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Rheumatic Heart Disease Australia

RHD Resouces

Seminar to reduce world’s highest rate of rheumatic heart disease in children

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Thursday 24 July 2014
 
RHDAustralia will host a free seminar in Cairns tonight as part of Australia’s Rheumatic Fever Strategy to reduce the world’s highest recorded rate of acute rheumatic fever.

The seminar will highlight the necessity to see a doctor for Aboriginal and Torres Strait Islander people, especially children, with a sore throat, skin sores or swollen joints. The presence of these symptoms could indicate rheumatic fever which left untreated could lead to lifelong rheumatic heart disease.

RHDAustralia Deputy Director Claire Boardman said the seminar will aim to improve diagnoses of acute rheumatic fever, most common in five to 14 year old Aboriginal and Torres Strait Islander children.

Ms Boardman said, ‘A key theme of the seminar will be how important early detection of acute rheumatic fever is, as left untreated can lead to further episodes, cardiac damage and premature death’.

Ms Boardman said, ‘We hope this seminar will provide valuable information resulting in better diagnosis and management of acute rheumatic fever and rheumatic heart disease by healthcare providers to prevent this potentially fatal disease’.

People with a history of acute rheumatic fever are treated with regular antibiotics to prevent further episodes, and to prevent rheumatic heart disease. However, many health workers are unaware it still exists given the disease is mostly eradicated in urban regions of Australia.

Australia has the highest recorded rate of rheumatic heart disease in the world. The incidence of acute rheumatic fever in children from North Queensland between 2004 and 2009 ranged between 156 to 319 per 100,000.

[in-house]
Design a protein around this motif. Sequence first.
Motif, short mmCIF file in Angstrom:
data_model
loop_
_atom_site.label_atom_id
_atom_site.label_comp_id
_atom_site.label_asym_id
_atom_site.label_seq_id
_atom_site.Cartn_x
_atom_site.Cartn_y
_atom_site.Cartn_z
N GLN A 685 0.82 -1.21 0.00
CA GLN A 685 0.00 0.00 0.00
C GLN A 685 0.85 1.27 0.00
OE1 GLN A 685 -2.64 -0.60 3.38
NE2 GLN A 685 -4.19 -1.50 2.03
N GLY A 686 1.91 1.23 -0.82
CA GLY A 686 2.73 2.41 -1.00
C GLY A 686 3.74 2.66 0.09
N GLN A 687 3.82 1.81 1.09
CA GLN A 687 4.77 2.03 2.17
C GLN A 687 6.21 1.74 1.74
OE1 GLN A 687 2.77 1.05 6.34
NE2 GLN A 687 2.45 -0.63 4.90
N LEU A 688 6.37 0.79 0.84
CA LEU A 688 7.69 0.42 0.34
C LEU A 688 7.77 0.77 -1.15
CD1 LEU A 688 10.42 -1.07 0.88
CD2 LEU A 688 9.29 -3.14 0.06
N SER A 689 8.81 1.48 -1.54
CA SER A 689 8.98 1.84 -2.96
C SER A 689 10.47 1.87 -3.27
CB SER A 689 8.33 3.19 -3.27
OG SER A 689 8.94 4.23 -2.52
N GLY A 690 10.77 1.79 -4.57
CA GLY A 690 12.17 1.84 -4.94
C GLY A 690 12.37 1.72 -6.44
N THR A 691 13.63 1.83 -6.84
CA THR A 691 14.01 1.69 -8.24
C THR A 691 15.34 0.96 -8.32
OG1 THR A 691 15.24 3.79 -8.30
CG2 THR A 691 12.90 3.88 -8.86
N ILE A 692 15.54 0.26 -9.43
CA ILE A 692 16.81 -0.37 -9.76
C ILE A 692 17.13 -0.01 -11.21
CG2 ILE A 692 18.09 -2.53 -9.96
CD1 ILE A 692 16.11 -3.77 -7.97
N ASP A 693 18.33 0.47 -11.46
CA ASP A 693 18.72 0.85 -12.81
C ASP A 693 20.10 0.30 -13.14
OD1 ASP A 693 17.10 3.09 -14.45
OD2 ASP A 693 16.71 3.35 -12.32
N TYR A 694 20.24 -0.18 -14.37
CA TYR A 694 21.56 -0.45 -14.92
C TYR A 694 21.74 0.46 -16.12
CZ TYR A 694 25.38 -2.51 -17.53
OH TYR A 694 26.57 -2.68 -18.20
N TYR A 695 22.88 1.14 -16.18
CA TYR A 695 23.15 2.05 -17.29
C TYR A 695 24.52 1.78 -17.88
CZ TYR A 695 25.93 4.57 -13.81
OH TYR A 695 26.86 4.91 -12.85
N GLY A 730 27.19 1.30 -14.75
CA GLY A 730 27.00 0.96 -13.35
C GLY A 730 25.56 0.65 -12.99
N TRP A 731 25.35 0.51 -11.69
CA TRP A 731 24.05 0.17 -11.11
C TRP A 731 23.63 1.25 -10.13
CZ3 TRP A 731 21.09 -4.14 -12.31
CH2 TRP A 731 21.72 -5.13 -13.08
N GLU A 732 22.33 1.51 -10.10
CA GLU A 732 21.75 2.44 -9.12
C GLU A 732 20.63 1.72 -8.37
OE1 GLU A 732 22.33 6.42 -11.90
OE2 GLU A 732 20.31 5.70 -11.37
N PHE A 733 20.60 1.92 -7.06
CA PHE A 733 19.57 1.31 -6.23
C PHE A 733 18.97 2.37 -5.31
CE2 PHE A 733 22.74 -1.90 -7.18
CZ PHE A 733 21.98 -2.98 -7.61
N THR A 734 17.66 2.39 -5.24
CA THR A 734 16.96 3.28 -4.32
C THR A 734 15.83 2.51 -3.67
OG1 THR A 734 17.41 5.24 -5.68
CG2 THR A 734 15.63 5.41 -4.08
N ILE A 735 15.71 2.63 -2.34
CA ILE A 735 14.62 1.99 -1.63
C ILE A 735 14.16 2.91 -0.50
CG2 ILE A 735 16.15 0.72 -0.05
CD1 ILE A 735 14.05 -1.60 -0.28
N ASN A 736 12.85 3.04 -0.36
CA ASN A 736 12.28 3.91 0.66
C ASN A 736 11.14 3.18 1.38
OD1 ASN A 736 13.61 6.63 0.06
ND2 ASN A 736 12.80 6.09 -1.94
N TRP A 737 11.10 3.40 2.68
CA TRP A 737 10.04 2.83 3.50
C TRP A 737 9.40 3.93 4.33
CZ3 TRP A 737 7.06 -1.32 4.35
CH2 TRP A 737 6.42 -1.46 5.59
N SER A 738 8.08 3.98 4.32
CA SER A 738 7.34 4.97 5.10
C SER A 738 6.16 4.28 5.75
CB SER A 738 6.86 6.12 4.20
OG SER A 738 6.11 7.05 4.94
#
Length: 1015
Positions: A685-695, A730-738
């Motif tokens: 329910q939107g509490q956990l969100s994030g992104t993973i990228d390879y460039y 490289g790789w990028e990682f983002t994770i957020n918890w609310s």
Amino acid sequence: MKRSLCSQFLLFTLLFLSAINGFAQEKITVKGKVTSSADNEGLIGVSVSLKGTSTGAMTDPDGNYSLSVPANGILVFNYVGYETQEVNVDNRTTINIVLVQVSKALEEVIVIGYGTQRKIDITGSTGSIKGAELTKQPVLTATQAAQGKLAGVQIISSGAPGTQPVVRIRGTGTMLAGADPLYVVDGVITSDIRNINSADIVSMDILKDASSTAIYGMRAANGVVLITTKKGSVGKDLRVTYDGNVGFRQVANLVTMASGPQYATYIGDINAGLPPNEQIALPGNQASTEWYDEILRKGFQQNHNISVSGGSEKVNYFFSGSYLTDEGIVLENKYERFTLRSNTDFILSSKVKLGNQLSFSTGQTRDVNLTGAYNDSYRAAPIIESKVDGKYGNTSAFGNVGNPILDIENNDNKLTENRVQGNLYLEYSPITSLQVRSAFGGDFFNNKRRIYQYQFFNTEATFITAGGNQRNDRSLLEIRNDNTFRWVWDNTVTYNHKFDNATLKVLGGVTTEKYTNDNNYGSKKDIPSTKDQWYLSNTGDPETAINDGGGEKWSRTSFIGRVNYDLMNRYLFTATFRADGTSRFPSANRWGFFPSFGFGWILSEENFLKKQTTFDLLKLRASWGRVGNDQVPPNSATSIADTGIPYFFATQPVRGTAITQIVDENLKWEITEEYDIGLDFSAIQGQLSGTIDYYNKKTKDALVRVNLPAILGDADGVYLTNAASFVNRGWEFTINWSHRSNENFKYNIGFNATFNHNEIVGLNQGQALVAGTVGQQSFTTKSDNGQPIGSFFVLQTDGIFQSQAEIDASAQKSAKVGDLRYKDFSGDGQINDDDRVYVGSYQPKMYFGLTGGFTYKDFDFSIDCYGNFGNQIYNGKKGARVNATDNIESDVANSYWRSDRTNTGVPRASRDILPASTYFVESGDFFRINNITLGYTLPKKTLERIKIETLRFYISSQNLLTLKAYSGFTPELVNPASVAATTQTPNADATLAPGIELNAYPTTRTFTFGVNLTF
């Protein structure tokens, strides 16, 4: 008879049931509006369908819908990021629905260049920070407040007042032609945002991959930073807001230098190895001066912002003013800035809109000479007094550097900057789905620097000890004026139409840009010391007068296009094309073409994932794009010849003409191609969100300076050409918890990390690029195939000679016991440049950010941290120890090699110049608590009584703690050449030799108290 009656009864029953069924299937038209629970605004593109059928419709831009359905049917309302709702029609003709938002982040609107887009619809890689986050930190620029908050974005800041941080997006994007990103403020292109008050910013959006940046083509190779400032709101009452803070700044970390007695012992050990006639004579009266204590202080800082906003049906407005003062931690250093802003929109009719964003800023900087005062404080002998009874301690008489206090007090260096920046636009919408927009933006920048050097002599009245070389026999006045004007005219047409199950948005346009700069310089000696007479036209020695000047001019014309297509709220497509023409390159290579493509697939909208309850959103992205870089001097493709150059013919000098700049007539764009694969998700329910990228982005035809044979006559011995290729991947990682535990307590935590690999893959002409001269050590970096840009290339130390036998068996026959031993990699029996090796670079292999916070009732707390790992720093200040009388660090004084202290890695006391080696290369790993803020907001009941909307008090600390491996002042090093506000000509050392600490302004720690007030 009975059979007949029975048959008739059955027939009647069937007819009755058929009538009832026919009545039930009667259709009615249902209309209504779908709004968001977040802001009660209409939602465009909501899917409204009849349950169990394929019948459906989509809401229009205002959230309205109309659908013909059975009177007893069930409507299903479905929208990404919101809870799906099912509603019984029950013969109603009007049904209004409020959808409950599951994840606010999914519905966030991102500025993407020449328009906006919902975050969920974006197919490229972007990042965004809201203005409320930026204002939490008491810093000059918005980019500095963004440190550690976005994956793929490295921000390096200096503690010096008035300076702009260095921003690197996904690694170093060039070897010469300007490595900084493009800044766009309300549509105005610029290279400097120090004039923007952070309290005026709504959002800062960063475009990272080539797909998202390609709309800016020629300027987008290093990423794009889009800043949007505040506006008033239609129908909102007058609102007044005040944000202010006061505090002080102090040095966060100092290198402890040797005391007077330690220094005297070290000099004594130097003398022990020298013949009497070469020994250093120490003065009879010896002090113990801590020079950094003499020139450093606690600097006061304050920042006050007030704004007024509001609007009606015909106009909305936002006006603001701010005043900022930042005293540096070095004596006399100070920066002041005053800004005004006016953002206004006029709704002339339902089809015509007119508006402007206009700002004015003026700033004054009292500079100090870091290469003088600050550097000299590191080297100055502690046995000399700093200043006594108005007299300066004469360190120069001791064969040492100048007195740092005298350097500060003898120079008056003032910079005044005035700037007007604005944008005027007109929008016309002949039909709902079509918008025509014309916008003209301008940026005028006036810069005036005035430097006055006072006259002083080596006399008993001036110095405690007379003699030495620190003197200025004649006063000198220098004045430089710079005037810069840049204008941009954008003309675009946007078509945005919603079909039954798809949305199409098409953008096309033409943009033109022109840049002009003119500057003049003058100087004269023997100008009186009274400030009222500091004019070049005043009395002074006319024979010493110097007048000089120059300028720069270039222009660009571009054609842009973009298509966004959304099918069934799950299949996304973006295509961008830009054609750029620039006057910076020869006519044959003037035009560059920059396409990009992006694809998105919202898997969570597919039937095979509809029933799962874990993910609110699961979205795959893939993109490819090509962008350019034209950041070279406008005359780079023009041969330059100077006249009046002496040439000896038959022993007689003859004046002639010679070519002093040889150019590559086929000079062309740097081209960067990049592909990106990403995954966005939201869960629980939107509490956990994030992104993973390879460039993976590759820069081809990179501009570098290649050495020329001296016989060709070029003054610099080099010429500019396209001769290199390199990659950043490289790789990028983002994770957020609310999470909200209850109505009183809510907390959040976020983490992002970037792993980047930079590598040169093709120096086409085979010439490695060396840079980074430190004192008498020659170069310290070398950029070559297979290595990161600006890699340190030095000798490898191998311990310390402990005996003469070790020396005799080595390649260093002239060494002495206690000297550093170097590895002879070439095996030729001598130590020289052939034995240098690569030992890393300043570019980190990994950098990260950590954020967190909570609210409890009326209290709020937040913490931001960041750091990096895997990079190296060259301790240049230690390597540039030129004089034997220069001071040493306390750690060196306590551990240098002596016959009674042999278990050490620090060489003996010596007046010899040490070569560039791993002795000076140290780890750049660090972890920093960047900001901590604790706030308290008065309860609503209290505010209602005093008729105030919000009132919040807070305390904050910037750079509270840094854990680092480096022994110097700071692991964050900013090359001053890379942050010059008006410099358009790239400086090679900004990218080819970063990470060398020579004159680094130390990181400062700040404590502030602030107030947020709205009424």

The seminar’s keynote speaker, rheumatic heart disease expert and Paediatric Cardiologist Dr Bo Remenyi, will share her knowledge from her work in remote Indigenous communities.

The seminar will include the following presentations:
 
•    The Australian Rheumatic Fever Strategy – Claire Boardman, Deputy Director RHDAustralia
•    Acute rheumatic fever and rheumatic heart disease in Queensland – Mellise Anderson, Program Manager Queensland RHD Register & Control Program
•    Rheumatic heart disease in pregnancy – Geri Vaughan, National Coordinator Australasian Maternity Outcomes Surveillance System (AMOSS)
•    Getting it right: clinical diagnostic challenges – Dr Malcolm McDonald, Physician Apunipima, Wu Chopperen, James Cook University
•    Echocardiographic changes – Dr Ben Reeves, Paediatric Cardiologist, Cairns
•    Aspects of the Disease and Secondary Prevention Management ‐Dr Andrew White, Director of Paediatrics, Townsville
•    Cardiac Surgery: The Patients’ Journey ‐ Dr Bo Remenyi, Paediatric Cardiologist, Darwin

Media contact
Emmanuelle Clarke, Senior Communications Officer 0408 801 640, emmanuelle.clarke@menzies.edu.au
 
Media are welcome to attend the seminar. Please see RHDAustralia Project Officer Sally Wright on arrival.

Event details
RHDAustralia Seminar, 5.30pm Thursday 24 July, Cairns Hospital Auditorium, 165 The Esplanade, Cairns

Background information
RHD is caused by one or more episodes of acute rheumatic fever. These repeated episodes damage heart valves so they no longer function adequately, leading to heart failure and sometimes the need for cardiac surgery, or death. Acute rheumatic fever is caused by the body’s autoimmune response to an infection by the Group A streptococcus germ, and is commonly seen in children from Indigenous communities across northern Australia. Acute rheumatic fever occurs mainly in children aged between 5 and 15, and affects a number of areas of the body, including the joints, brain, skin and heart.

About RHDAustralia
RHDAustralia is the National Coordination Unit for rheumatic heart disease and aims to reduce death and disability from acute rheumatic fever and rheumatic heart disease. Funded by the Australian Government Department of Health, RHDAustralia is an initiative of Menzies School of Health Research. The unit was established in 2009 as part of the National Rheumatic Fever Strategy.